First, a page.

THANKFULLY, pandemics are rare. The current Covid-19 outbreak has seen everyone’s world turn upside down and the long-term effects on health, society, the economy and politics are as yet unknown.

However, as unprecedented as this situation is in our lifetime, history is a great reference tool and we can look back to moments which hold parallels with today. One such moment was the Spanish Flu in 1918-19, which has been extensively researched over the last few years by Museums Worcestershire as part of the Worcestershire World War 100 project.

The Fashioning Peace exhibition currently on display at Hartlebury Castle tells the story of the end of the First World War and touches on the flu’s impact.

There was no real defence against the Spanish Flu, made more difficult by limited medical knowledge at the time. Washing hands and using rudimentary face coverings was the main advice, but unfortunately many families would not have had access to good sanitation at that time.

As late as the 1950s, a report showed that only 46 per cent of households had a bathroom, 15 per cent of households had no water heating appliance, and seven per cent had no piped water.

Many households would have used wash basins and jugs to keep clean during the Spanish Flu pandemic. This rather ornate example from Worcestershire’s collection is finely decorated with a gilded design of birds – most households would have used a much plainer version.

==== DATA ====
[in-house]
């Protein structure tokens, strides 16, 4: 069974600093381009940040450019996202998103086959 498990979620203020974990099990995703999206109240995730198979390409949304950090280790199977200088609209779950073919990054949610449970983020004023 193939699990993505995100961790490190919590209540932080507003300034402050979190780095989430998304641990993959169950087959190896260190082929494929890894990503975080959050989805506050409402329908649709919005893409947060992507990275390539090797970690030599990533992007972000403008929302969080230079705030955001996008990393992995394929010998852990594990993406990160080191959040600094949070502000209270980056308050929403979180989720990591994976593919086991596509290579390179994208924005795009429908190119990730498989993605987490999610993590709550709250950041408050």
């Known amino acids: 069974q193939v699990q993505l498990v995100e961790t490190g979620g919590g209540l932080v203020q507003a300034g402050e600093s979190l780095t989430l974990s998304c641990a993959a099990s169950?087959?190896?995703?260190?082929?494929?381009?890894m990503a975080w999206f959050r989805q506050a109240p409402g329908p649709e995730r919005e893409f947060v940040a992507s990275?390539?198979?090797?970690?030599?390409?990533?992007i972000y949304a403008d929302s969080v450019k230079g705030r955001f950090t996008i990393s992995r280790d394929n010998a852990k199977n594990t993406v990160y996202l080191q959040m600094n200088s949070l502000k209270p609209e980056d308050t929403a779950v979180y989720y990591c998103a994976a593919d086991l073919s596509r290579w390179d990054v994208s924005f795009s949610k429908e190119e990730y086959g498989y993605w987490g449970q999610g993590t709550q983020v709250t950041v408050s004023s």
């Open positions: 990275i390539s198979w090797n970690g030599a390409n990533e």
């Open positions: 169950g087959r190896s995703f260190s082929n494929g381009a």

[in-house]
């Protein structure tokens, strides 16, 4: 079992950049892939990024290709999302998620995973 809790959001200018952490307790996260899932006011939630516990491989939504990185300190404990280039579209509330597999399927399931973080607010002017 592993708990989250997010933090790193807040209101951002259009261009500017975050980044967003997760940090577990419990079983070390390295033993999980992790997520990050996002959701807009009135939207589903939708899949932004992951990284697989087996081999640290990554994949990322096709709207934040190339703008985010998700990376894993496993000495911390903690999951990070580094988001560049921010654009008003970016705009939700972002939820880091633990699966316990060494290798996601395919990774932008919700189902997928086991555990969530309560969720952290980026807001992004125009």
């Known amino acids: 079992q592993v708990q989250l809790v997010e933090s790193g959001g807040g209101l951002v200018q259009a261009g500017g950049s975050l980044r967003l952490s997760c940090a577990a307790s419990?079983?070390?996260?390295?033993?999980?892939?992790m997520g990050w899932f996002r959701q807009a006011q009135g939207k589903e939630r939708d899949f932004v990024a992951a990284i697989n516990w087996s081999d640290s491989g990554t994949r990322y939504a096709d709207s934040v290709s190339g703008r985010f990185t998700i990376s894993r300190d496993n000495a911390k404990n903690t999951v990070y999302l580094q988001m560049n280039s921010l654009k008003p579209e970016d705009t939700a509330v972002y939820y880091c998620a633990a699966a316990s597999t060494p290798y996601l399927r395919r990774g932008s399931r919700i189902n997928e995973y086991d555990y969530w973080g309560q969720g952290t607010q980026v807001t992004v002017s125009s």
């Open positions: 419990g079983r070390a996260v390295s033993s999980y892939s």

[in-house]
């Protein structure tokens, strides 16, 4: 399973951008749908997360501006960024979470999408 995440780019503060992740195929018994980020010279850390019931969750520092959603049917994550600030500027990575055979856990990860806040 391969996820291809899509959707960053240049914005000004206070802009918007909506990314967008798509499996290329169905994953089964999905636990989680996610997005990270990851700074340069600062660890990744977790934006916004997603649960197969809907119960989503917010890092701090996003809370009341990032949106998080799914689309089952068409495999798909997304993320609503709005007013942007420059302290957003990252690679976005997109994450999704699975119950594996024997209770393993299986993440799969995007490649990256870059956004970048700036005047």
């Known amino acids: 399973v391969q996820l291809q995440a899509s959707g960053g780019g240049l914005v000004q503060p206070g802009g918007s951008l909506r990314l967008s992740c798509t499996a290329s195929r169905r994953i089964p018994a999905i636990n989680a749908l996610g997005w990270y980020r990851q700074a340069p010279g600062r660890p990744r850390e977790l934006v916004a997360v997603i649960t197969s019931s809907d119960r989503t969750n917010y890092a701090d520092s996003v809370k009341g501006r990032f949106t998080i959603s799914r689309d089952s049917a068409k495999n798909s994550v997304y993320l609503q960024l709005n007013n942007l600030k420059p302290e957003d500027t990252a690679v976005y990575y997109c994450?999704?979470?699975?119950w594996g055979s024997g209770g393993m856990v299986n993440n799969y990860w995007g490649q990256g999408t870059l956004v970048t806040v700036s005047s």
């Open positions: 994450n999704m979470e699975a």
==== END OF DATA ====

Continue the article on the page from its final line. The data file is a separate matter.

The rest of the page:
Newspaper clippings from Worcestershire Archives show us how public spaces were dealing with the problem, including the spraying of ‘antiseptic’ throughout a theatre.

The shortages of certain grocery items in 2020 were also experienced by the masses in 1918 – but in their case it was Bovril and not toilet rolls which were going short.

Beyond the snippet of insight these clippings give us, there are not many tangible remains of this terrible period, and few eyewitness accounts.

Little exists in our collections to show the true extent of the damage it inflicted on a population already struggling to come to terms with four years of war.

In another hundred years' time we hope that the coronavirus pandemic is a distant problem solved long ago but that the story remains present as objects and records in museums and archives, to be learnt from and reflected upon.

For this reason, Museums Worcestershire and Worcestershire Archive & Archaeology Service are gathering the people of Worcestershire’s items which show the impact of coronavirus, to create a museum collection for future generations.

We want to show how communities are coming together, businesses are adapting to survive, children are responding and front-line workers are coping.

This might include home-made face masks or scrubs, pictures of rainbows or objects relating to projects looking after vulnerable people.

Residents are asked to contact Museums Worcestershire and Worcestershire Archive & Archaeology Service by email with details of the objects, artworks and ephemera, stories or documents and images that they are willing to donate.

If you have an object to donate, please email

We are now delighted to be welcoming back visitors to our museums, all three of which have been awarded the ‘Good to Go’ mark for their high levels of safety measures including one-way visitor routes and sanitiser stations.

Expect wonderful displays of fascinating stories, open spaces to roam, and takeaway summer crafts available for families throughout the summer holidays. Plan a visit at